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So, you’ve taken a leap into the vast world of CBD, but there’s one slight issue. You’re starting to notice different products are made with different types of CBD oil.
What’s the deal?
You’re wondering how it’s different if it’s all CBD? Furthermore, how will these differences manifest as far as effects go?
These are all valid questions and concerns, especially if you’ve only just dipped your toe into the waters of CBD.
What kind of product is best for you? When’s the best time to take it? And now you’ve got these three choices in front of you: full-spectrum, broad-spectrum, and CBD isolate.
Allow us to break down these three CBD oil types and give you everything you need to make an informed decision.
No matter what kind of CBD oil you opt for, it all goes through similar farming methods.
The agricultural hemp production methods have come quite a long way since The Farm Bill of 2018 lifted the negative connotation of cannabis.
You’ve probably heard us say this before. Still, it’s essential to find companies growing their hemp with organic techniques because the end result is an overall cleaner product.
This is why we said “similar” methods because some companies have more involved farming and sourcing methods.
After the crops have reached their optimal state, it’s time to prep them for the extraction process. There are many extraction methods, but you want a company utilizing the CO2-extraction process because it doesn’t leave any chemical residue behind.
Besides, when a company takes the time, effort, and additional resources required to grow their crops organically, it’s highly unlikely they’ll opt for an extraction process that negates all their hard work.
The hemp plants are crushed and ground up, and ultimately processed into a full-spectrum oil. It contains all of the phytochemicals found within the hemp plant—CBD, other cannabinoids, terpenes, essential oils, and trace amounts of THC (less than 0.3%).
Although there are trace amounts of THC, it’s still considered non-psychoactive because it’s such a tiny amount of THC.
Many believe one of the main benefits of full-spectrum is how it enhances the therapeutic experience due to the naturally occurring compounds still present in the oil. This enables something called the “entourage effect.” It’s when all of those compounds work synergistically to produce enhanced therapeutic effects.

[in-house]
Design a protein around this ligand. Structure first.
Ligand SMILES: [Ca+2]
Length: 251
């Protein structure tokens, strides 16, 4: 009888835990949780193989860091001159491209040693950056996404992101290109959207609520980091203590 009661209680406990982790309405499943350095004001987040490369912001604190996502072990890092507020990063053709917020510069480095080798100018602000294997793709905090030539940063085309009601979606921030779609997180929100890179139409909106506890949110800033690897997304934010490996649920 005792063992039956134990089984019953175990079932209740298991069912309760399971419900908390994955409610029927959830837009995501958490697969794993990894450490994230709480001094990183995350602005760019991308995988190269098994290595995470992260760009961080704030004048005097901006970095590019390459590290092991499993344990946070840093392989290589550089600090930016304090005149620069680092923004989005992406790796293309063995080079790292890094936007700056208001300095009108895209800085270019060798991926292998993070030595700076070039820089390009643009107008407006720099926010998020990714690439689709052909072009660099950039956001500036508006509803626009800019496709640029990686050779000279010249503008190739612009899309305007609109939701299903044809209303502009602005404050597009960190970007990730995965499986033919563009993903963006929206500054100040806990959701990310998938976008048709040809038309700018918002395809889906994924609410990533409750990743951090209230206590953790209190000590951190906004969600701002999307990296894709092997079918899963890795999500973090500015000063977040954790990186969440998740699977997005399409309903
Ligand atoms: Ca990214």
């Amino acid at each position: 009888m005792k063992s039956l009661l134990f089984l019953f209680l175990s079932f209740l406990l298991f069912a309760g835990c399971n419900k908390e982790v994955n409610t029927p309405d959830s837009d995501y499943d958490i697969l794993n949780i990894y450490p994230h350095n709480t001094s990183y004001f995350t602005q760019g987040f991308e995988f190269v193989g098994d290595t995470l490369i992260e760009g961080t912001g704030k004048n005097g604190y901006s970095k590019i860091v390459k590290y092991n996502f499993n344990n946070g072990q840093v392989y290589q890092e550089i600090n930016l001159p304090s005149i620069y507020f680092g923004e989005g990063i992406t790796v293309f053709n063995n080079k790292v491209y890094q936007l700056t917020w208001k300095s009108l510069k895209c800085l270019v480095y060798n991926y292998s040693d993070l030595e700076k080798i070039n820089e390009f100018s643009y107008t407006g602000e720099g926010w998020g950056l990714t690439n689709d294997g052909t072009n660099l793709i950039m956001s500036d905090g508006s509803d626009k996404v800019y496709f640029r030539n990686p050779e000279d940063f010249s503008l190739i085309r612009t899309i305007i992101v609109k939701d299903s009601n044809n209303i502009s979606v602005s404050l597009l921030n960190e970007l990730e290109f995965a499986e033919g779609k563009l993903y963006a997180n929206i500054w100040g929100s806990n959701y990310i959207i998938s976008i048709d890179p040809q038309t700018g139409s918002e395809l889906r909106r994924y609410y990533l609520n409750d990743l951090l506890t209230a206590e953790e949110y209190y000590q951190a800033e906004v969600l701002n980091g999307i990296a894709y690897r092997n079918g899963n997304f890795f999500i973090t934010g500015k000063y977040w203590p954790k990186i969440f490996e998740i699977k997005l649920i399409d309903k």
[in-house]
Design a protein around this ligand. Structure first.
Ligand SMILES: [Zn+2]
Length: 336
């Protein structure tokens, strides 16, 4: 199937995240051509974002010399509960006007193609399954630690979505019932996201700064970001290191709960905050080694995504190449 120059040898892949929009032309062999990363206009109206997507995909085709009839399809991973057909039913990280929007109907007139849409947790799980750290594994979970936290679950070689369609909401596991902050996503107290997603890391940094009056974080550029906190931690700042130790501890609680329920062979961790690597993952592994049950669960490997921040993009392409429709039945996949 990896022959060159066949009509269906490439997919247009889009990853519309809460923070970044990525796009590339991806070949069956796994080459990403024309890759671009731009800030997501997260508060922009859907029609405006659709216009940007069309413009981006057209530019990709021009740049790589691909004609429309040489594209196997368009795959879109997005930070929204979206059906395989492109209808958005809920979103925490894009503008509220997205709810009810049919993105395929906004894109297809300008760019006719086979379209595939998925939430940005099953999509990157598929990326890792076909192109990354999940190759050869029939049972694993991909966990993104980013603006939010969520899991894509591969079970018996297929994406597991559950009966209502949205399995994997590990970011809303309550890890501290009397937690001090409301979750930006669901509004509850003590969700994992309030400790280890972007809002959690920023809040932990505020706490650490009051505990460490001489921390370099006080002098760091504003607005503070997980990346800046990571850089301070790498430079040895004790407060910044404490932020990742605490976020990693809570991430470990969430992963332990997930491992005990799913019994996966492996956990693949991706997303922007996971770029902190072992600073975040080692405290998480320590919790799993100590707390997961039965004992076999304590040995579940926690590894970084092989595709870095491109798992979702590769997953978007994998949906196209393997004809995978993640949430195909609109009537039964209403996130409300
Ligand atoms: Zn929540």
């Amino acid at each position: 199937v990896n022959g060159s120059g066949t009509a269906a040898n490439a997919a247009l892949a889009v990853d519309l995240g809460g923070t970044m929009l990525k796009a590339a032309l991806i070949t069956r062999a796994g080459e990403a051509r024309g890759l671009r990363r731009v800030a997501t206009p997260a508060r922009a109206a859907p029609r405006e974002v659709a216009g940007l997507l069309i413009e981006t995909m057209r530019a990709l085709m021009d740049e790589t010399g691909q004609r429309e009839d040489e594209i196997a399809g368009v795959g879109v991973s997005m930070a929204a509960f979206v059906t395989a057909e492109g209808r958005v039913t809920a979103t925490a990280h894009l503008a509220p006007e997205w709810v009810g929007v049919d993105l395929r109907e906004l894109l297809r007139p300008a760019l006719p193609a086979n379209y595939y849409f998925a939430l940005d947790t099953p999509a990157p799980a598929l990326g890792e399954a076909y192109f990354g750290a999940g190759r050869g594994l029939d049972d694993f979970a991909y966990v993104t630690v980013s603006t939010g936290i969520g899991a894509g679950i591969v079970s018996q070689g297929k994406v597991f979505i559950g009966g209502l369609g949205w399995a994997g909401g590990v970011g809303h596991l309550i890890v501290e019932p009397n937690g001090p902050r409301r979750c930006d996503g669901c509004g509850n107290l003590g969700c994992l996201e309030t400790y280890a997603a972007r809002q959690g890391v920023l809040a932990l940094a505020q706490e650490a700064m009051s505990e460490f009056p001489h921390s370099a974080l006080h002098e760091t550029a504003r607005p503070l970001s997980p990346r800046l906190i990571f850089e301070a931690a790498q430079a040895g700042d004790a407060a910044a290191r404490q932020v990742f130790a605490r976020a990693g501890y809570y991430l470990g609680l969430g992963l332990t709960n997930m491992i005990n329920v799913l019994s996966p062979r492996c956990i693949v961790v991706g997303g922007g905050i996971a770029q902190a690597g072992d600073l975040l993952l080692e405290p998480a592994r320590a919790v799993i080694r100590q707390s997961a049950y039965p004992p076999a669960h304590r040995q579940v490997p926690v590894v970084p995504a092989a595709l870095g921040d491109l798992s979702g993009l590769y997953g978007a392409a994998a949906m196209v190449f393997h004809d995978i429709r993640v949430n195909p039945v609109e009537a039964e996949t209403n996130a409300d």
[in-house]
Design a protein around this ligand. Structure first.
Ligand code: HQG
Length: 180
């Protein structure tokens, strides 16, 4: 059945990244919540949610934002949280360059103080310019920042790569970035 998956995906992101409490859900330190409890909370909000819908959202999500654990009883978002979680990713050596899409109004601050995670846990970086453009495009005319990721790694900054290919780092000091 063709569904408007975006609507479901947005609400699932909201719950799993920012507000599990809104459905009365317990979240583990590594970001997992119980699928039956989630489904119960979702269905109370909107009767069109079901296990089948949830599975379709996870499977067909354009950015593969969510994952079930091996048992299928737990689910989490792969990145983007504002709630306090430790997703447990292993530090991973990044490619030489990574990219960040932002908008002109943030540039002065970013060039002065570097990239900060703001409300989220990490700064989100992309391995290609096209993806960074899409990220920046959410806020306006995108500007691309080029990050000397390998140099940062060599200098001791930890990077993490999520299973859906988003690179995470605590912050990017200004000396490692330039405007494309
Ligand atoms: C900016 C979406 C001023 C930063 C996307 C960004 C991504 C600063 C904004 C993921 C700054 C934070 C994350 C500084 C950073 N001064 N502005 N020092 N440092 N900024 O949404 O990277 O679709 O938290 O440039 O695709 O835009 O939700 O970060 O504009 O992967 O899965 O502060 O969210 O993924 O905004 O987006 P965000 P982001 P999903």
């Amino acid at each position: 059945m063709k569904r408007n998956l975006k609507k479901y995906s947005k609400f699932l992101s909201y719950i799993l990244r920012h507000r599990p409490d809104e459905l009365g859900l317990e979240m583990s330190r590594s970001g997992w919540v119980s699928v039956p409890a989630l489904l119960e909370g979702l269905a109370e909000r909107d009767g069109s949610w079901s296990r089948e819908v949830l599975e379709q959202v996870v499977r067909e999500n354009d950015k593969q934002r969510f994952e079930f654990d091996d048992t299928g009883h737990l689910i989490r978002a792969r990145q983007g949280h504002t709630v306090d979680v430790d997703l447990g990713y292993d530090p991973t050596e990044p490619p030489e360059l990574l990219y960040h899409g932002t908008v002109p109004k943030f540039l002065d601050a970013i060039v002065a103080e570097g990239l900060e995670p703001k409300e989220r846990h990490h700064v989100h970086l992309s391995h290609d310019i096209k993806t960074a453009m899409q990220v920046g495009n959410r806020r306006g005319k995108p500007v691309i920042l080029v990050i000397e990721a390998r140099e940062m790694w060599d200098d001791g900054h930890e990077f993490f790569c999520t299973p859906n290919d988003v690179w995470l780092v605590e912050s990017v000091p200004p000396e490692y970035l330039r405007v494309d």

A downside to full-spectrum oil is the slight possibility of a false positive on a drug test due to those trace amounts of THC. Additionally, since it contains the full spectrum of the plant’s naturally occurring compounds, it carries a more robust hemp flavor and aroma.
Broad-spectrum oil goes through the exact same process as full-spectrum oil, but it undergoes an additional phase that pulls trace amounts of THC from the oil.
At one time, people believed you couldn’t access the entourage effect because you’ve extracted the trace amounts of THC. However, you still have other helpful cannabinoids and terpene profiles in the oil that enable the entourage effect. It won’t be as pronounced as the full-spectrum option, but it’s still there.
Overall, broad-spectrum oil is excellent for people who’d like to keep their distance from THC, and this option allows you to use CBD daily and not worry about a false-positive drug screening.
It’s also great for people who may not have the best memories associated with THC and avoid it altogether.
Simply put, broad-spectrum oil is a great middle-ground for consumers. You have some of the naturally-occurring compounds, but not the troublesome ones.
CBD isolate is the purest form of CBD—99% pure CBD. Some people prefer the versatility CBD isolate provides because it’s tasteless and odorless compared to the previous options.
This has much to do with the fact it contains no additional cannabinoids, terpenes, or essential oils.
However, this is where some people consider the downside to come into play. Since it is pure CBD, there are no other compounds present in the oil for any synergistic effects.
As stated above, the entourage effect is the synergistic relationship between the different compounds present in the oil. There are over 100 other compounds present in the hemp plant, and each one has a unique way of boosting the therapeutic effects of your CBD oil.
Aside from these compounds, terpenes bring their own particular skillset to the party. Some people only credit terpenes for taste and smell, but they all have specific benefits. In fact, the cannabis plant is known to have over 200 different terpene profiles.
It’s the natural chemical composition of a plant that gives a distinct aroma. Nonetheless, these terpenes also have a hand in the production of the entourage effect.
As you can see, these are three different CBD oil options available and all have their pros and cons.
It’s all about aligning with your preferences.
If you want to take advantage of the whole plant, look into full-spectrum oils.
Alternatively, if you want to veer away from those trace amounts of THC, look into broad-spectrum, or CBD isolate options. This is especially helpful if you have routine drug tests you have to take and can’t risk the possibility of failing a drug test—false positive or not!
If the latter isn’t much of a concern, it’s a good idea to test them all and see which CBD oil options work best for your personal body chemistry. While some of us may think we want the full-spectrum process, we may enjoy the experience of CBD isolate more.
You don’t know until you try. There are many different options, product-wise, so get ready to have some fun during the experimentation process!
Think it’s time to get on board with a full-spectrum CBD tincture oil?
Visit our site and check out the options we have available for you!
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